The huge rough diamond that went on sale at auction on Wednesday was one of three big diamonds found recently after a break of more than a century. The BBC's Clare Spencer asks why.
On 16 November 2015 Tiroyaone Mathaba was sorting through rocks at the Karowe mine in Botswana when he spotted what turned out to be the 1,109 carat diamond.
It was the size of a tennis ball.
His boss William Lamb told True Africa that all of the mine's 804 employees and contractors received a bonus, but he didn't reveal how much.
Mr Mathaba's discovery, The Lesedi la Rona which means "our light" in the Tswana language, wasn't the only big gem discovered that week - two other huge diamonds were found from the same mine within 72 hours.
A 374 carat diamond which hasn't been named and an 812.77 carat diamond called The Constellation were also discovered.
Mr Mathaba works for Canadian company Lucara which suspected that there might be big diamonds in the area after recovering a 239 carat diamond two years earlier.
At that time it was standard practice to break down any kimberlite ore to 30mm before putting it through the sorting machine to test its density and see if it contained any diamonds.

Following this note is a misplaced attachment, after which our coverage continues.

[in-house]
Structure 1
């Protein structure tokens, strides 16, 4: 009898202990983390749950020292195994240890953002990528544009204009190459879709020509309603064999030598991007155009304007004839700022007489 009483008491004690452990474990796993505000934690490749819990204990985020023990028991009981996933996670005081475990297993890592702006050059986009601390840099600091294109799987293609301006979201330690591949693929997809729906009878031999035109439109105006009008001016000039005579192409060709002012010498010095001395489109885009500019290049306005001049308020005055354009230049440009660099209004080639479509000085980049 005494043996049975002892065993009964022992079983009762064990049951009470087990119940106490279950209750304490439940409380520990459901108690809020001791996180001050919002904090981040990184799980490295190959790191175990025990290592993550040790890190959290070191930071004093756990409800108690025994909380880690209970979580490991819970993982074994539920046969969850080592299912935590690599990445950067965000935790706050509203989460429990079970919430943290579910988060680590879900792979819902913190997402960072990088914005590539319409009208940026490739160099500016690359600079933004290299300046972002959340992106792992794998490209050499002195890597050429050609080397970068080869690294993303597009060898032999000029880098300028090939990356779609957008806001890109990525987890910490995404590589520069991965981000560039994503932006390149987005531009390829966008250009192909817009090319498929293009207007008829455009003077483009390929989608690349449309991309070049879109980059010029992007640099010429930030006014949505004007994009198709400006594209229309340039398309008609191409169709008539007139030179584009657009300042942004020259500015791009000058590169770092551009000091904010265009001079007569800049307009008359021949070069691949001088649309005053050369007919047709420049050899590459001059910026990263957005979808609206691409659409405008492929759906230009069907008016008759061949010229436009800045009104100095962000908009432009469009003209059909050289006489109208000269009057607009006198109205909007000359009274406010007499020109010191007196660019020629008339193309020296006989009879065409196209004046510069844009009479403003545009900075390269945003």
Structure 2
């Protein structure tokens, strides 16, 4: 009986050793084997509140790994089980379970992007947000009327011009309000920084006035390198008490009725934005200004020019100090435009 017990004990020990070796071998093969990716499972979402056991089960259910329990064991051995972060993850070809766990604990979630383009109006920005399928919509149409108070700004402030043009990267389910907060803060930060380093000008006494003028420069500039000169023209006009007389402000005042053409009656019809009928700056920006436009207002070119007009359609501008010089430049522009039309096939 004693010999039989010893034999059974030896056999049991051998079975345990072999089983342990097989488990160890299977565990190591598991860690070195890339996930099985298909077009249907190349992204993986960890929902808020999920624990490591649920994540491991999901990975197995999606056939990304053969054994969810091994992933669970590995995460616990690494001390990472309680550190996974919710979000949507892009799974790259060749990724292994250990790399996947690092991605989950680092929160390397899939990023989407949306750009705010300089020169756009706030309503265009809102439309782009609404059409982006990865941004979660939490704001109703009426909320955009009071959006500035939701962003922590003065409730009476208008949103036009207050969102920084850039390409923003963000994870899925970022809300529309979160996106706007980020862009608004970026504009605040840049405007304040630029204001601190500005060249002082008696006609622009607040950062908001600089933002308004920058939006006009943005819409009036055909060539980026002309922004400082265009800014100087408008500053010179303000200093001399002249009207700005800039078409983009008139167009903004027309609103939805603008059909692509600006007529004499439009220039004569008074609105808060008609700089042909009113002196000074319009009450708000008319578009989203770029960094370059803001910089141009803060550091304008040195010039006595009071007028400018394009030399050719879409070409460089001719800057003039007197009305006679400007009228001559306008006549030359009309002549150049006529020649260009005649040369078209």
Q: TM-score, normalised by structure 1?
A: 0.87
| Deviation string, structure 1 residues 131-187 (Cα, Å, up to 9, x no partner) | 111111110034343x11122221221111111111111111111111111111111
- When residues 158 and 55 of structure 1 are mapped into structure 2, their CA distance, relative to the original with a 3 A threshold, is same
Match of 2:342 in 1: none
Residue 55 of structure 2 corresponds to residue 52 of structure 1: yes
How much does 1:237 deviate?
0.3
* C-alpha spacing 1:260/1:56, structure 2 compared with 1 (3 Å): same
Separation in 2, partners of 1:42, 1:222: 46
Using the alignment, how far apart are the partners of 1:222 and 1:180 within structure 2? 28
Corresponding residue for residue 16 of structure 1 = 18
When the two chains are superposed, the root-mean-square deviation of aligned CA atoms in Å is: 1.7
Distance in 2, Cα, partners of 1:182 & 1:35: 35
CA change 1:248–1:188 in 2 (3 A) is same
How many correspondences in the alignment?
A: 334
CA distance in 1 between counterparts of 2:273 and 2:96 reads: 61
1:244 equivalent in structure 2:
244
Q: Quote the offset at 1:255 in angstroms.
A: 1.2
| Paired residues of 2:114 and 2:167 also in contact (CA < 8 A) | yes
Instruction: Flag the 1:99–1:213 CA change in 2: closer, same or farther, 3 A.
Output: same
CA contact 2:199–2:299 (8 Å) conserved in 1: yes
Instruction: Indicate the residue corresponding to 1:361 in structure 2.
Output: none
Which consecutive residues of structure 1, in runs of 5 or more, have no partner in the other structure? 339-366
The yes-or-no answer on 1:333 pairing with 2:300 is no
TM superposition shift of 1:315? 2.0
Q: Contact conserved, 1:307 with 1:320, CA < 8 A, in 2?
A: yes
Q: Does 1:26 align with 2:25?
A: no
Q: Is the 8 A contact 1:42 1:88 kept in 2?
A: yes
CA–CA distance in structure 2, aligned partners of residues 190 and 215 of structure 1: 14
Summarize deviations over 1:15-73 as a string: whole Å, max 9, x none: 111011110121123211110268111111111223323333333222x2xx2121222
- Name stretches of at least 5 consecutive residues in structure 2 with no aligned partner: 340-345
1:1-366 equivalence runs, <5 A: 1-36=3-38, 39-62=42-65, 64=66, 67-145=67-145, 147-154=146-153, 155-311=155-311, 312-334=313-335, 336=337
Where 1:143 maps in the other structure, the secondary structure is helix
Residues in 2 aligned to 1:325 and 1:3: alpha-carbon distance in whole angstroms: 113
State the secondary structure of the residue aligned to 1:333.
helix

The machine couldn't cope with anything bigger.
But this raises the possibility that large diamonds were being crushed in the very process of trying to discover them.
So Lucara bought an X-ray machine to detect the carbon in the ore.
The investment paid off.
The Constellation was sold for $63.1m (£46m) in May.
The Lesedi la Rona had been expected to sell for even more on Wednesday but did not meet the minimum reserve price.
The two are the biggest diamonds ever recovered through an industrial process, says Paul Day, Lucara's chief operating officer.
The biggest diamond, the Cullinan, was found more than 100 years ago only nine metres from the surface and was extracted using a pocket knife, Mr Day says the story goes.
That's a far cry from the modern industrial mining techniques which use explosions to extract the ore and then crushing machines to break it down further.
Mr Day finds the gap of more than a century between finding the largest and second largest diamond surprising.
He points out that several large diamonds were also found before industrial mining began.
He says that it is not out-of-the question that bigger diamonds have previously been crushed down to smaller pieces.
"Diamonds are incredibly hard and also very strong but they do break."
"If you take a 100 carat diamond and you hit it with a hammer against steel there is a chance you will break it into pieces."
This kind of force is what the rocks undergo in the mining process.
It is what Mr Day calls the diamond miner's dilemma.
There's not much that can be done to reduce the damage done to the diamonds while extracting them from the ground, he says.
But changing the sorting process leaves diamond miners one step closer to having just one dilemma: How to spend the money.